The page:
• Murphy's Brianna Moore looks for a open player Tuesday night, as Cherokee's Deante Toineeta sprints to catch up. Photo by KEVIN HENSLEY
    Murphy's Brianna Moore looks for a open player Tuesday night, as Cherokee's Deante Toineeta sprints to catch up. Photo by KEVIN HENSLEY

LADY BULLDOGS: ’The Spark’ could light a fire in the Final Four

   Murphy – Both teams were nervous at the start of Tuesday’s game, and who could blame them?
   There were signs posted at the gym about fire codes and how many folks were going to be let in to watch the eighth battle in two years between Murphy and Cherokee’s girls.
   So you can forgive a few nerves for these young ladies.
   But once Brianna Moore checked into the game, she sent a message to her teammates loud and clear – everything is just fine.
   Moore used her reckless abandon style to notch two quick buckets to help push the first significant lead of the game for the Lady Bulldogs, who later went on a 19-0 run to virtually wrap up a berth in the Final Four before halftime.
   The bolts of lightning Moore brings to the floor when she arrives are palpable, as every steal, assist and high-speed collision are a blessing to the agile junior.
   Last year, during each game, Moore sat and watched her teammates play after transferring from Hiwassee Dam.
   She watched as the Lady Bulldogs were eliminated from the playoffs by one point at Mount Airy on a late basket last season.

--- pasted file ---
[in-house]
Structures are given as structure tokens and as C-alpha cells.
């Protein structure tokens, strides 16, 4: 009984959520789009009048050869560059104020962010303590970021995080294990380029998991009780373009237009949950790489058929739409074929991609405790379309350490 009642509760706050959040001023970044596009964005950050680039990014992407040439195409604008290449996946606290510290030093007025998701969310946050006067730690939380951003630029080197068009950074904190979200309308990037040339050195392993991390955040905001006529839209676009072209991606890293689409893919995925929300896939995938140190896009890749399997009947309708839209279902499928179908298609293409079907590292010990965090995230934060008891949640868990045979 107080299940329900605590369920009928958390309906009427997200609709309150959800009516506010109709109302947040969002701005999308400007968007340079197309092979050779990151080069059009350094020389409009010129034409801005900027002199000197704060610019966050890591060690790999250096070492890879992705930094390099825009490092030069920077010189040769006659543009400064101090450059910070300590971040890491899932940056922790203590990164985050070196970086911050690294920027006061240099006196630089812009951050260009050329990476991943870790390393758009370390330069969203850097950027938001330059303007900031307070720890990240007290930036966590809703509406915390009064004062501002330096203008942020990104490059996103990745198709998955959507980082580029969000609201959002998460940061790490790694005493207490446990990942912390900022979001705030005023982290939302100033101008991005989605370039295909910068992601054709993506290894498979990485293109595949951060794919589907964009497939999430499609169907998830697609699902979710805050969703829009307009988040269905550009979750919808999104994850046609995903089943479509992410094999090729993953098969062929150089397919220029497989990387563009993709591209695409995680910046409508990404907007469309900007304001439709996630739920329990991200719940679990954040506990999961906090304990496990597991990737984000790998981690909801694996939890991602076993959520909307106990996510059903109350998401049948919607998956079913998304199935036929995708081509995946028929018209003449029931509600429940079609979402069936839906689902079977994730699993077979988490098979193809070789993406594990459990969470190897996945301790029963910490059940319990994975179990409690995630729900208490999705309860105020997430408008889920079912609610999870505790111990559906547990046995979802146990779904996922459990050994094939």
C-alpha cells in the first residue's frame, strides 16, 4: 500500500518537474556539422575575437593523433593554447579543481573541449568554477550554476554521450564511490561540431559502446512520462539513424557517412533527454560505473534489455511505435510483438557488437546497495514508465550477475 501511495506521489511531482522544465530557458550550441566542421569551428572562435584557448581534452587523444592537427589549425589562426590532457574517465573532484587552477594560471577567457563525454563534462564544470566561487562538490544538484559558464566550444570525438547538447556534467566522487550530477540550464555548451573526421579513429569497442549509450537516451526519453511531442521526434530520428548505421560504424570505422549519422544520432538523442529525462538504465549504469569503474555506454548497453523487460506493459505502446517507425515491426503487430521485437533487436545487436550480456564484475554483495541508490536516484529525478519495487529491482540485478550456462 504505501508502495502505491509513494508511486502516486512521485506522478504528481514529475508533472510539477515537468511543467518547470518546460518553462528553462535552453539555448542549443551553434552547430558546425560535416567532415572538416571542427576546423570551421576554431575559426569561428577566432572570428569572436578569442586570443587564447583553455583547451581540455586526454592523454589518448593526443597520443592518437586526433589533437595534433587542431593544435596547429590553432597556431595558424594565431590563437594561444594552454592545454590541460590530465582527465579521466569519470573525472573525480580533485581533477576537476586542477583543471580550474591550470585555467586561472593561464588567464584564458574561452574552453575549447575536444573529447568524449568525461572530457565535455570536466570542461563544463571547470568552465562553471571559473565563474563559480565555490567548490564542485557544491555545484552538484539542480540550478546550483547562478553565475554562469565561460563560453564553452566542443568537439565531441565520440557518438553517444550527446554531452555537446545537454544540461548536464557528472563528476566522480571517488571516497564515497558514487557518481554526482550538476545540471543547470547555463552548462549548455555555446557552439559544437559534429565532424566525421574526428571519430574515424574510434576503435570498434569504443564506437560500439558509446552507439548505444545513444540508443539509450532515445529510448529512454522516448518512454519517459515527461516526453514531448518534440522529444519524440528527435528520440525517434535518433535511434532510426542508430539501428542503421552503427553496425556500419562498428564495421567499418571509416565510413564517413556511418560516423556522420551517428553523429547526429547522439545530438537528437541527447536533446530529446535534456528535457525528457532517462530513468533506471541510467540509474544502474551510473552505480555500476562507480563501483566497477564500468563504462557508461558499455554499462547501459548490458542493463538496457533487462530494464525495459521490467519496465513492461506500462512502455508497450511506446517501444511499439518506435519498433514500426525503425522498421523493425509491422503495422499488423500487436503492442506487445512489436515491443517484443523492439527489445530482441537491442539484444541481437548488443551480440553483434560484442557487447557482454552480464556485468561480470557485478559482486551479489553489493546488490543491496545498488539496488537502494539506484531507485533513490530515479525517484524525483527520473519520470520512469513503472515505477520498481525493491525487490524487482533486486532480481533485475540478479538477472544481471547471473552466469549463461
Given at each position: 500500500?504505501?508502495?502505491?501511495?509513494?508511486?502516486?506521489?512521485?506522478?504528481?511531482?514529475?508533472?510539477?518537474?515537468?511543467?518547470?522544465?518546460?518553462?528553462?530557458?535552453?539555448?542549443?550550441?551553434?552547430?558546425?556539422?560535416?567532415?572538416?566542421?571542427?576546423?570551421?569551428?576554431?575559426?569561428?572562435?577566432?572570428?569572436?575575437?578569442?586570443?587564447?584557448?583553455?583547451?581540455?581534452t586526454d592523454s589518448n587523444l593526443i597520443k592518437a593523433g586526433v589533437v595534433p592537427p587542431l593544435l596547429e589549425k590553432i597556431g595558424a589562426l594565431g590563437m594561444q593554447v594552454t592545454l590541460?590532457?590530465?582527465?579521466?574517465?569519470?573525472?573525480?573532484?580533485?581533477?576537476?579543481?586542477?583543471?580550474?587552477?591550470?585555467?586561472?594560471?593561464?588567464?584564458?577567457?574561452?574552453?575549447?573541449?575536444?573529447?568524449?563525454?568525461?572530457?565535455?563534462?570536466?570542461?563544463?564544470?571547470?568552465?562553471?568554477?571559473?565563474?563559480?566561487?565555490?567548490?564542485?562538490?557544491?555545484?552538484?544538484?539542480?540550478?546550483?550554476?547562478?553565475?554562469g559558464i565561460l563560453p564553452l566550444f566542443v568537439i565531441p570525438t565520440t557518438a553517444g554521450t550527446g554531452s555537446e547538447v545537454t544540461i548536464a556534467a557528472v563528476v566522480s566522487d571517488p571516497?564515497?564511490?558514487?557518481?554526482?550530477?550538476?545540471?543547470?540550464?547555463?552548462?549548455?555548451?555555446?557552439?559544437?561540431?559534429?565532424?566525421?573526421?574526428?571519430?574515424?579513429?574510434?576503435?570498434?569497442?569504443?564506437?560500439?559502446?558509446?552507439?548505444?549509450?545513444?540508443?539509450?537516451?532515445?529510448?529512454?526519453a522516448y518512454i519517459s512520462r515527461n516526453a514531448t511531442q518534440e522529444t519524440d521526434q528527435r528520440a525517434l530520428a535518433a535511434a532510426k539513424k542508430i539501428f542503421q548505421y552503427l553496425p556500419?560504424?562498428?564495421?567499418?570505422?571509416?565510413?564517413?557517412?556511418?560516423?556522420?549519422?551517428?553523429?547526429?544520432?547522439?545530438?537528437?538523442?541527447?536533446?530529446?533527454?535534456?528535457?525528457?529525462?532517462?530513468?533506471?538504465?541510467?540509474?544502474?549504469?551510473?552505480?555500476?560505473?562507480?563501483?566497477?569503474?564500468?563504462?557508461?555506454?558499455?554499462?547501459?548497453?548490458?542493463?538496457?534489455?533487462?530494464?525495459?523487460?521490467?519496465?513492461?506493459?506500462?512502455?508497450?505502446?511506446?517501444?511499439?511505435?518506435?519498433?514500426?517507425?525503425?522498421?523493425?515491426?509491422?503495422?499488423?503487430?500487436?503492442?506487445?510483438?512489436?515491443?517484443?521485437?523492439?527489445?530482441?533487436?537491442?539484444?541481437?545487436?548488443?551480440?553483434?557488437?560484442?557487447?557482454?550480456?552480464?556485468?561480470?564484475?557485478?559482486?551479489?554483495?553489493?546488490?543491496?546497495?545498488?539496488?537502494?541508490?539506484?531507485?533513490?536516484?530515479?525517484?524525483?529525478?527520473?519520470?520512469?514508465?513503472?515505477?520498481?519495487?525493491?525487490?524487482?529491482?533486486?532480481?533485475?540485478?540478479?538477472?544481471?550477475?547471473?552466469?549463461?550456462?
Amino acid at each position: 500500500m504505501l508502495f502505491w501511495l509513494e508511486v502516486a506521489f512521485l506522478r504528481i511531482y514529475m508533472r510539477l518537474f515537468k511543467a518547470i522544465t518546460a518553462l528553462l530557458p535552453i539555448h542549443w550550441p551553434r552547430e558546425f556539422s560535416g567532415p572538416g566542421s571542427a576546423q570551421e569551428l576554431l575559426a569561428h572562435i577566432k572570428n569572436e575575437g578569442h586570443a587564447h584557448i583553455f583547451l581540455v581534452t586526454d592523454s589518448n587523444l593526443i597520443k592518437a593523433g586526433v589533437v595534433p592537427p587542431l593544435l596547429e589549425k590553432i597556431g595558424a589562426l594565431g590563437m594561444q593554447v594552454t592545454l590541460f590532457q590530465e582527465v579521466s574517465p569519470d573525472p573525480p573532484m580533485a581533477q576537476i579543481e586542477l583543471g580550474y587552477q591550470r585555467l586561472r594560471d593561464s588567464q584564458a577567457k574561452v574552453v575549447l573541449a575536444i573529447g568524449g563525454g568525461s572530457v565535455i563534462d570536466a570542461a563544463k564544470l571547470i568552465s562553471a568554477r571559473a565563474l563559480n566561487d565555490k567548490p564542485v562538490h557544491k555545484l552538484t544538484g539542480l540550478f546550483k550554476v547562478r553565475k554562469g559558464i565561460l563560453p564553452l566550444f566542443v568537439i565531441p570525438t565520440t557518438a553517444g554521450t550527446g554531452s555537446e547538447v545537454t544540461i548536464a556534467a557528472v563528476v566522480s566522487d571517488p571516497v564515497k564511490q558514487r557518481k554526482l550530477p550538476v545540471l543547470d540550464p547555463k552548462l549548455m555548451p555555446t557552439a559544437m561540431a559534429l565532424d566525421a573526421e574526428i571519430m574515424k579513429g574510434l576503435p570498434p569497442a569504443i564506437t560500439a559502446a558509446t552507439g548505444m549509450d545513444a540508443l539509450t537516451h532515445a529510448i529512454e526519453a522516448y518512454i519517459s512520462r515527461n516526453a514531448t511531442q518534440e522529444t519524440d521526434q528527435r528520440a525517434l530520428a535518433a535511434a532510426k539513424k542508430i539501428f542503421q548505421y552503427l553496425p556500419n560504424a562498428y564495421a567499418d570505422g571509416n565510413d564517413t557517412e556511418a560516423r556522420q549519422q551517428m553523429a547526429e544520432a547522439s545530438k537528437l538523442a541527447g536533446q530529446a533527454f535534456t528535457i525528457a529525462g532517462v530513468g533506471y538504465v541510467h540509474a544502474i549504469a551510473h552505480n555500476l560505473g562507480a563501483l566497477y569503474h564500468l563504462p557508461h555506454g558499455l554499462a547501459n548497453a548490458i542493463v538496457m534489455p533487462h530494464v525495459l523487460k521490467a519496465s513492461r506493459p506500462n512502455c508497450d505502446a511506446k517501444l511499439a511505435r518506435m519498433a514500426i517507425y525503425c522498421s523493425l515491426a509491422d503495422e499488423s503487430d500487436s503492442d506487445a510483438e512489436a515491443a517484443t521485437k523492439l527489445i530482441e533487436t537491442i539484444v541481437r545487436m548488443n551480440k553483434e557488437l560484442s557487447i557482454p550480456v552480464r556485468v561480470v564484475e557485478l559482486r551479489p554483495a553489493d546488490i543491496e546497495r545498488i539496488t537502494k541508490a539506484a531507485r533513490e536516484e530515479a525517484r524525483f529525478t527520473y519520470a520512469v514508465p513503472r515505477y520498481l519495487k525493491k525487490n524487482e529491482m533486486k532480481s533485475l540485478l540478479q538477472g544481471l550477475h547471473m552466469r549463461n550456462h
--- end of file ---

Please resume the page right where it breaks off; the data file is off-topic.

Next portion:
“This feels amazing for me. To be sitting there last year and not being able to do anything about it, it was very hard,” Moore said Tuesday night. “I worked hard all year in the gym constantly, and now I’m doing what I was wishing I was doing a year ago.
   “Now I get to play hard for (the girls), put my heart on the floor for them … that’s everything to me.”
   Moore added three assists and two steals to her seemingly unnoticed total of four points, but her teammates notice the energy she brings. That never-ending supply of juice fits right in with the team concept that Coach Ray Gutierrez has imparted to her the last three years.
   “Every practice we focus on hustle, and if I can’t do anything, I try to hustle,” Moore said. “They call me ‘The Spark’ whenever I go out there and set the whole game into motion sometimes, and that’s what I try to do.”
   When Murphy and Mount Airy meet again Saturday in the state semifinals, The Spark could light a fire that leads all the way to Raleigh.
   Matthew Osborne is the editor of the Cherokee Scout. Reach him at 837-5122, editor@cherokeescout.com or follow on Twitter @cniozzy.

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